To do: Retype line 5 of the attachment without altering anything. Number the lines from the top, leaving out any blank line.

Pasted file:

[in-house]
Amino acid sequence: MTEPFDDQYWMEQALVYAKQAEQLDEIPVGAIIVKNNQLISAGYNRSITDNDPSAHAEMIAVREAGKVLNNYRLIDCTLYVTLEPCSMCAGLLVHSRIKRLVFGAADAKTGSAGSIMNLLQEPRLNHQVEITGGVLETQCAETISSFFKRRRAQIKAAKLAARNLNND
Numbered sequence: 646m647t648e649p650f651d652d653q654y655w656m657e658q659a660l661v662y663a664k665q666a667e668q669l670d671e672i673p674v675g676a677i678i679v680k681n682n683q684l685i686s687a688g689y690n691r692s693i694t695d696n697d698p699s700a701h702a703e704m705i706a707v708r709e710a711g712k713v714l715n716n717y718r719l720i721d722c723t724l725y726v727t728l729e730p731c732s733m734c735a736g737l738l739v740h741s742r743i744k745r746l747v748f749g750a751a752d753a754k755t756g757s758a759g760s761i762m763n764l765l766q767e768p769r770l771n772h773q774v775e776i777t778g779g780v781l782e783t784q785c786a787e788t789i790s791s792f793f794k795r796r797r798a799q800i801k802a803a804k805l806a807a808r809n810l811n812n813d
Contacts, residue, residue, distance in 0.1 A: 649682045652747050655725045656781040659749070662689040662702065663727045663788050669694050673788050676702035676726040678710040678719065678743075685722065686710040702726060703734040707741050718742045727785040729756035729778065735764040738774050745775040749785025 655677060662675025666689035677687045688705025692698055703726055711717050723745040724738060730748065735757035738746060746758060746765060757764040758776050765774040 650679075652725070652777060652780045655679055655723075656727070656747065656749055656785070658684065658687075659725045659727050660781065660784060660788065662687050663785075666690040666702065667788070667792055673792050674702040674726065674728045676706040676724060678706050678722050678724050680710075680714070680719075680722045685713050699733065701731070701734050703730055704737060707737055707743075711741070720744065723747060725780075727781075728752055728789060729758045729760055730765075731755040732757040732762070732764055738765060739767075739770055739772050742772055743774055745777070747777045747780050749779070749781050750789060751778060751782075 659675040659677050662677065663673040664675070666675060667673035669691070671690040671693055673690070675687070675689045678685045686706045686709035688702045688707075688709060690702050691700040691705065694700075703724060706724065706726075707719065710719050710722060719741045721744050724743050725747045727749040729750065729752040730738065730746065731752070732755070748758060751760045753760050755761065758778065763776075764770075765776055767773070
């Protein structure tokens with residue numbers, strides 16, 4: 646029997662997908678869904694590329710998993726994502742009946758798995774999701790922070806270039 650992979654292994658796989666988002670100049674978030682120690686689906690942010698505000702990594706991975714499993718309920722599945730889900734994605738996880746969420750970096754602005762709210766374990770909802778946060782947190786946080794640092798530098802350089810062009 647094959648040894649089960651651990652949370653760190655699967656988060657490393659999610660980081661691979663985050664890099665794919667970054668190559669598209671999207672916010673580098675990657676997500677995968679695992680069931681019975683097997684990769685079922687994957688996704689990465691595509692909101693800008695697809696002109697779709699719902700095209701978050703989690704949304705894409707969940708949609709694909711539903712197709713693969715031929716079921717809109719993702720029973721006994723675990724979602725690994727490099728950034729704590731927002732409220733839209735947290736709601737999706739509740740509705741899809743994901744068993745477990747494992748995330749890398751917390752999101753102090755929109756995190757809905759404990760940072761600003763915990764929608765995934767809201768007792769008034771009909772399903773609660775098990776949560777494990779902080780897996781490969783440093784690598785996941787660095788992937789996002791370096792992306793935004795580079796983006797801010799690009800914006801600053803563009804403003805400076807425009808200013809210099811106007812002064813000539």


């Protein structure tokens with residue numbers, strides 16, 4: 646029997662997908678869904694590329710998993726994502742009946758798995774999701790922070806270039 650992979654292994658796989666988002670100049674978030682120690686689906690942010698505000702990594706991975714499993718309920722599945730889900734994605738996880746969420750970096754602005762709210766374990770909802778946060782947190786946080794640092798530098802350089810062009 647094959648040894649089960651651990652949370653760190655699967656988060657490393659999610660980081661691979663985050664890099665794919667970054668190559669598209671999207672916010673580098675990657676997500677995968679695992680069931681019975683097997684990769685079922687994957688996704689990465691595509692909101693800008695697809696002109697779709699719902700095209701978050703989690704949304705894409707969940708949609709694909711539903712197709713693969715031929716079921717809109719993702720029973721006994723675990724979602725690994727490099728950034729704590731927002732409220733839209735947290736709601737999706739509740740509705741899809743994901744068993745477990747494992748995330749890398751917390752999101753102090755929109756995190757809905759404990760940072761600003763915990764929608765995934767809201768007792769008034771009909772399903773609660775098990776949560777494990779902080780897996781490969783440093784690598785996941787660095788992937789996002791370096792992306793935004795580079796983006797801010799690009800914006801600053803563009804403003805400076807425009808200013809210099811106007812002064813000539």